Our community’s oldest independent pharmacy, Preston’s, changed proprietors in December.
John Eklund, stalwart owner for the past three decades of the store at 5101 Lee Highway, retired confidently knowing that what he calls “the go-to place for people who need assistance” is in good hands.
With its discounts, specialty medications vital to senior citizens and nostalgia novelties (humor books along with gift-shop scented candles), Preston’s remains a slice of mom-and-pop Americana in a chain-store world.
“Sometimes I felt like it’s a last resort,” Eklund told me. “I can’t count on my hands and toes how many customers said they went everywhere else first” before finding the item at Preston’s.
He considers that “a compliment” given that prescription drug retailing has become a “convenience business.”
Competition for independent pharmacies is cutthroat. But Eklund takes satisfaction in the continuity of a customer base that includes families of three generations and discreet service to admirals, generals and notables such as broadcaster Katie Couric.
The original Preston’s started in 1934, on N. Monroe St. in Cherrydale. Eklund picked up the history from longtime customers, as he only met Mr. Preston once in the early 1980s.
Eklund can recite the pharmacy’s complicated history of moves to several sites around N. Glebe Rd. and Lee Highway (where the Wells Fargo branch is now and the site that is now an M&T bank, plus for a time in the medical building at George Mason Drive and Lee Highway).
Raised in upstate New York before earning his pharmacy degree at the University of Rhode Island, Eklund came to the Washington area in 1974 to work at a Peoples Drug Store. A colleague who’d shown success running independent stores drew out Eklund’s ambition to be an owner.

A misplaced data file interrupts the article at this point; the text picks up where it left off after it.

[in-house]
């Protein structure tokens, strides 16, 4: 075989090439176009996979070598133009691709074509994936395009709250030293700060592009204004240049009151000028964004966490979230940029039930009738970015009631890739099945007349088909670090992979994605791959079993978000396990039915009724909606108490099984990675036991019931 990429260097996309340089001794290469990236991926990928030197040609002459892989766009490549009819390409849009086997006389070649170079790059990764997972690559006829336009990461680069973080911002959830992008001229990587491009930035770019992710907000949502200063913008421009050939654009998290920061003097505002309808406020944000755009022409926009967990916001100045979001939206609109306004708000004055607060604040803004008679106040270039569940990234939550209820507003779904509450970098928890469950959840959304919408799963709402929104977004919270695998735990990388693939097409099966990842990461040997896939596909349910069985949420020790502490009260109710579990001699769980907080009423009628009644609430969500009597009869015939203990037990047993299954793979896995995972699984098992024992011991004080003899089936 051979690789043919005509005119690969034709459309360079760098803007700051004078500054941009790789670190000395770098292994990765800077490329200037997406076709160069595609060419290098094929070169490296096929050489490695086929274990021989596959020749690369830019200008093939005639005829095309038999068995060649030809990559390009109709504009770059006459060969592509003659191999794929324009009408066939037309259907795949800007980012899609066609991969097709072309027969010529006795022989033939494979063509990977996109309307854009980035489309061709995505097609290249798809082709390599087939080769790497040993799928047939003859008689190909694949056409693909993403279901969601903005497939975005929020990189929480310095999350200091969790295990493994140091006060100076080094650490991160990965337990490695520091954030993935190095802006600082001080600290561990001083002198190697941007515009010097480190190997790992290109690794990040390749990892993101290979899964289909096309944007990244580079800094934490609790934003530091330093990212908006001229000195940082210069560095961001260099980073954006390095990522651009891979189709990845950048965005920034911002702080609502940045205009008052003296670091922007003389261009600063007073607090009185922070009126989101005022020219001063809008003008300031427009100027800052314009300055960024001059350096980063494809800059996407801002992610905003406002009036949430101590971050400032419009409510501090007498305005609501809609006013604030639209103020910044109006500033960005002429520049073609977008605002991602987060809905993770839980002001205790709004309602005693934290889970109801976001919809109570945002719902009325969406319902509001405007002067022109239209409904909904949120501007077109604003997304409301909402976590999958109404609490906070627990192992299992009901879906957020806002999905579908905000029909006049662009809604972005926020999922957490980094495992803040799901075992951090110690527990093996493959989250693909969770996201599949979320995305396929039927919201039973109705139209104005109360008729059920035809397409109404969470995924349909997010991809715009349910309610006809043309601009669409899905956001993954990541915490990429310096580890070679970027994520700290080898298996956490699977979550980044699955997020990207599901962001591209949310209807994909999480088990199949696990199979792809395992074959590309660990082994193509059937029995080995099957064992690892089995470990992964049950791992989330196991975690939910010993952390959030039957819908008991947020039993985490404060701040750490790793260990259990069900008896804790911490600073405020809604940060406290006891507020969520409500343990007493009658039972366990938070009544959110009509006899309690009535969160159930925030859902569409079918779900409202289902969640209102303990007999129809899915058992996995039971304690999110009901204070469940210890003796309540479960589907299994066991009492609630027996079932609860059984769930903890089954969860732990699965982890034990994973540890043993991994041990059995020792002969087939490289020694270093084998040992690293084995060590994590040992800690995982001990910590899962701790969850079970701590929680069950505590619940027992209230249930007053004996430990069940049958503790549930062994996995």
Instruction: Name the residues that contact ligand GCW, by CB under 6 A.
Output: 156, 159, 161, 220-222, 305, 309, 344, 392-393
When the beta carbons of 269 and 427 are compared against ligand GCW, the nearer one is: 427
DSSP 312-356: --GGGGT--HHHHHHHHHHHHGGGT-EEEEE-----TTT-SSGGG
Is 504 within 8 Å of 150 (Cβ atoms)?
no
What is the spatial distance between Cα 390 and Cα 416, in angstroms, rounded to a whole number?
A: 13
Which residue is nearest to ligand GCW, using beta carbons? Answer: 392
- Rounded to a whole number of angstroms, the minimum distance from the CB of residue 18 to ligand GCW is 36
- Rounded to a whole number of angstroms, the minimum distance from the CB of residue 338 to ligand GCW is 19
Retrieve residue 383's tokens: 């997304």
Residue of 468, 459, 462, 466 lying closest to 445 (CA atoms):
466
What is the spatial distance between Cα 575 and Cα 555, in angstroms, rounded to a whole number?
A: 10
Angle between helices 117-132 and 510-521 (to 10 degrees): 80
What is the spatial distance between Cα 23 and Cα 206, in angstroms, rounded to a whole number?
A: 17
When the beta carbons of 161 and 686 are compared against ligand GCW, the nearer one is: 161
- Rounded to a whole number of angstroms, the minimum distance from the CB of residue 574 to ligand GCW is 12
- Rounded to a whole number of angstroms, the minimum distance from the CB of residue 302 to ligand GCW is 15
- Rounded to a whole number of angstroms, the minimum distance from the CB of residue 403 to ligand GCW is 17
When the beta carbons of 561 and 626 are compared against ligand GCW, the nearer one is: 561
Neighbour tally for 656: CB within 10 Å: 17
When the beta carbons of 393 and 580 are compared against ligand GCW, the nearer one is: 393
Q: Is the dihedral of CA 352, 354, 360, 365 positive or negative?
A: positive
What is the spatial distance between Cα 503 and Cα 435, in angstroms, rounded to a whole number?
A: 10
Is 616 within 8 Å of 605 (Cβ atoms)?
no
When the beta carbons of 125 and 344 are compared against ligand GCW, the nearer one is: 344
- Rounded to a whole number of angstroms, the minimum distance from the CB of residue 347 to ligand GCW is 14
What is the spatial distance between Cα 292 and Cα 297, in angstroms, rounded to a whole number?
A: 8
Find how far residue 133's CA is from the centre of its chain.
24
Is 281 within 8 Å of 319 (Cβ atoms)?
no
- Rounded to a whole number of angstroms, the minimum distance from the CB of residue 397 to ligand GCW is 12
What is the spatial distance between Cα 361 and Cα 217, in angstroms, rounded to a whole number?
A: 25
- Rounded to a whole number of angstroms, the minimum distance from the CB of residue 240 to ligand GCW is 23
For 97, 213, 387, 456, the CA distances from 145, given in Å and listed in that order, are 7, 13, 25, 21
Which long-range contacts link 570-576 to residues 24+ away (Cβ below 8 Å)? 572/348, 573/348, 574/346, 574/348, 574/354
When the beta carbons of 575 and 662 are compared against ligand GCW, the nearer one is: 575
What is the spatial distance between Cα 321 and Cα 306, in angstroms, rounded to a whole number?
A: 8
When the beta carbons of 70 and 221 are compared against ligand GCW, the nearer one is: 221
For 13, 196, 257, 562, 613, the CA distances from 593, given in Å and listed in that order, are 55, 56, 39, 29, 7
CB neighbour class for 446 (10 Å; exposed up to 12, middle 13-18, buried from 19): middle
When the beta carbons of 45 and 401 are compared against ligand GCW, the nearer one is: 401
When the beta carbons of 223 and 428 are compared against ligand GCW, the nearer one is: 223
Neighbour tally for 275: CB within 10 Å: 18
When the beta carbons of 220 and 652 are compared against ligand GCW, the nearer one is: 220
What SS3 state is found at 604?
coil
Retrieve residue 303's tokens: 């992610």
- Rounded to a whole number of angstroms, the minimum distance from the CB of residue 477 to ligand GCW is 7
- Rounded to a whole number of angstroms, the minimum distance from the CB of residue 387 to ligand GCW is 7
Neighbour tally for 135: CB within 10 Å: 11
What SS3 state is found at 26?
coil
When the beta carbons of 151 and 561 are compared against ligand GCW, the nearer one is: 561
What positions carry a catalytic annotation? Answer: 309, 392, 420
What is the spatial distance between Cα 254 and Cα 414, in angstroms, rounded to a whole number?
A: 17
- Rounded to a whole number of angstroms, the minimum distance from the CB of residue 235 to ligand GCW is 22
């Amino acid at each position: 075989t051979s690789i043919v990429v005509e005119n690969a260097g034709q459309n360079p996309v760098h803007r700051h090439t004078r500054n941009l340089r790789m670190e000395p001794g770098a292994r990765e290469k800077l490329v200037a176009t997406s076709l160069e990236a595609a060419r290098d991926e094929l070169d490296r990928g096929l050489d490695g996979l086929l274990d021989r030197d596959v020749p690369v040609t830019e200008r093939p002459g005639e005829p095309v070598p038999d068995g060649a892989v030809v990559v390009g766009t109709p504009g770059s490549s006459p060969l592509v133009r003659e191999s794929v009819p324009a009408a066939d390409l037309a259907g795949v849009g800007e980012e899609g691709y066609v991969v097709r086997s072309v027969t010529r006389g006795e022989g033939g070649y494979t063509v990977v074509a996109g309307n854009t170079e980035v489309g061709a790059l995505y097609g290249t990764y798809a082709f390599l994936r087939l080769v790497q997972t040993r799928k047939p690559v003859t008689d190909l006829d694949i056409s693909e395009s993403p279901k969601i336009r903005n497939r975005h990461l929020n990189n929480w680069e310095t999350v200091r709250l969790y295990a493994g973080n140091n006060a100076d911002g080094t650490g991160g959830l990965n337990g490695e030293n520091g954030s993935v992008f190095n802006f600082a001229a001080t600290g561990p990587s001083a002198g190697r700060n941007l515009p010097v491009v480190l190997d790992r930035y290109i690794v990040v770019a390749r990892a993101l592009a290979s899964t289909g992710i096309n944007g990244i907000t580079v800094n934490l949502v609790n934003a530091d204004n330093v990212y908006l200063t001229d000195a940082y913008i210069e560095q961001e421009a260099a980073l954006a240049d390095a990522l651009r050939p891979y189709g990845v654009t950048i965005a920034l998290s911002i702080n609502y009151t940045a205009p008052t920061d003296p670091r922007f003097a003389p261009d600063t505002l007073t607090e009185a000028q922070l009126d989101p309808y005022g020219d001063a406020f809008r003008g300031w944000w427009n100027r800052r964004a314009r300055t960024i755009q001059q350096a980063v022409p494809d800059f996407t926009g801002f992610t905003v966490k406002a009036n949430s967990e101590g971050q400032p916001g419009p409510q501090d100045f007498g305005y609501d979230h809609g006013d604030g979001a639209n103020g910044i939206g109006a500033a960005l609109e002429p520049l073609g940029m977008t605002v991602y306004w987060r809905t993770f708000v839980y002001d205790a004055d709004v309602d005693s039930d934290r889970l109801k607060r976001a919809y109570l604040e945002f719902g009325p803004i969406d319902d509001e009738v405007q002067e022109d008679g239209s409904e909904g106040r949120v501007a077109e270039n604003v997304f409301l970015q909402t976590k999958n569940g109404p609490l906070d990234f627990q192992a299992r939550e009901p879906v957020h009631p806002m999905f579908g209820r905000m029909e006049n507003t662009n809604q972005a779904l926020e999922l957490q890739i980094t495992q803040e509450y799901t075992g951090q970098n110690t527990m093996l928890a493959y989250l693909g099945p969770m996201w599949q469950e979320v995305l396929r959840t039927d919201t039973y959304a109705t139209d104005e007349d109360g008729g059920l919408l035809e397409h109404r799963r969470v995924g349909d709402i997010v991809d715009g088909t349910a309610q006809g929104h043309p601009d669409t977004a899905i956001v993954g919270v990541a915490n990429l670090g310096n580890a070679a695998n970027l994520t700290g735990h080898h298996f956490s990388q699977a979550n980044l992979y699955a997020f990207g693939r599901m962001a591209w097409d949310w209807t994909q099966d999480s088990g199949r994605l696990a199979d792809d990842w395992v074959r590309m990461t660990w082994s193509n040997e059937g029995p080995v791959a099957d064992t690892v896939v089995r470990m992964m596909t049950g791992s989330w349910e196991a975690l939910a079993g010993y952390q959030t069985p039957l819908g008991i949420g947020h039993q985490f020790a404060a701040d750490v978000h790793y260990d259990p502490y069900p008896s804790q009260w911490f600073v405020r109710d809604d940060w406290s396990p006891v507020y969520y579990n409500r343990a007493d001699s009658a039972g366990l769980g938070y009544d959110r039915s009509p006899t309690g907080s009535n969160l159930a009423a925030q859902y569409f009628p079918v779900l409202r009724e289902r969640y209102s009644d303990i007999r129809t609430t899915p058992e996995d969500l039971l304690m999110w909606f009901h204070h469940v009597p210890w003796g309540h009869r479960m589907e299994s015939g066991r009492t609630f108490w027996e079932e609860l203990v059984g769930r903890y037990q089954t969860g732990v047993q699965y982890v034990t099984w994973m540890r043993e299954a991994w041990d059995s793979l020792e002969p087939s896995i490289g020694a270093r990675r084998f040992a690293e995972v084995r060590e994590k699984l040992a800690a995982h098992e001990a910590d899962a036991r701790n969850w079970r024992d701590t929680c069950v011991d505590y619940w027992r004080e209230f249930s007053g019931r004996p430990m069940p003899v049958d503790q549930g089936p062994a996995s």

In 1986, after scouring sites in Springfield, Falls Church and Fairfax, he settled on Preston’s at 2165 N. Glebe, now a nail salon by Thirsty Bernie. “It was an institution [that was] 50 years old and had a good reputation,” he said.
But in the 1990s, when managed care was gaining steam, suppliers began driving hard bargains and chain stores threatened him. The nearby Rite Aid aggressively pressured him to sell, threatening to “put me out of business,” he recalls, even though Eklund’s customers often went next door and confirmed that Preston’s prices were lower.
After a game of chicken with a landlord that went on for years, a nervous-but-determined Eklund in 2000 finally made a deal with Ray Welch for the Texaco and auto repair shop at Lee Highway and N. Edison St. There his contractors built a new Preston’s that is a “good-sized” 6,000 square-feet. He got financial and engineering help from Cardinal Bank, Sidney Dewberry and Jack Bays Inc.
“I never had a big enough ego to change the name,” Eklund said, even as new customers mistook him for Preston.
Eklund’s original retirement plan involved grooming his deputy, a “tremendous pharmacist and customer favorite” who had degrees from Howard and Penn State universities. But she moved to California, “a stunning disappointment,” he said.
New owner Frank Odeh, who has run pharmacies in Fairfax and Falls Church, “is not a chain per se,” said Eklund, who kept Preston’s afloat through customer word of mouth. “He’s a marketer, which is what pharmacies need now. Preston’s was there a long time before me and will be there long after.”
Glen, the panhandler with a rake who cares for his territory at Washington Blvd. and Sycamore Street, is a tree hugger.
For years, he told me, he complained to the county that the Sycamore trees next to the East Falls Church Metro parking lot are riddled with termites. Peeling off bark to show me, Glen warned that several are in in danger of falling on passersby. Yet Metro, the county and VDOT ignore the problem.
Glen’s separate efforts to pull up dandelions from the median recently earned him a reprimand from a police officer summoned by the Metro station manager.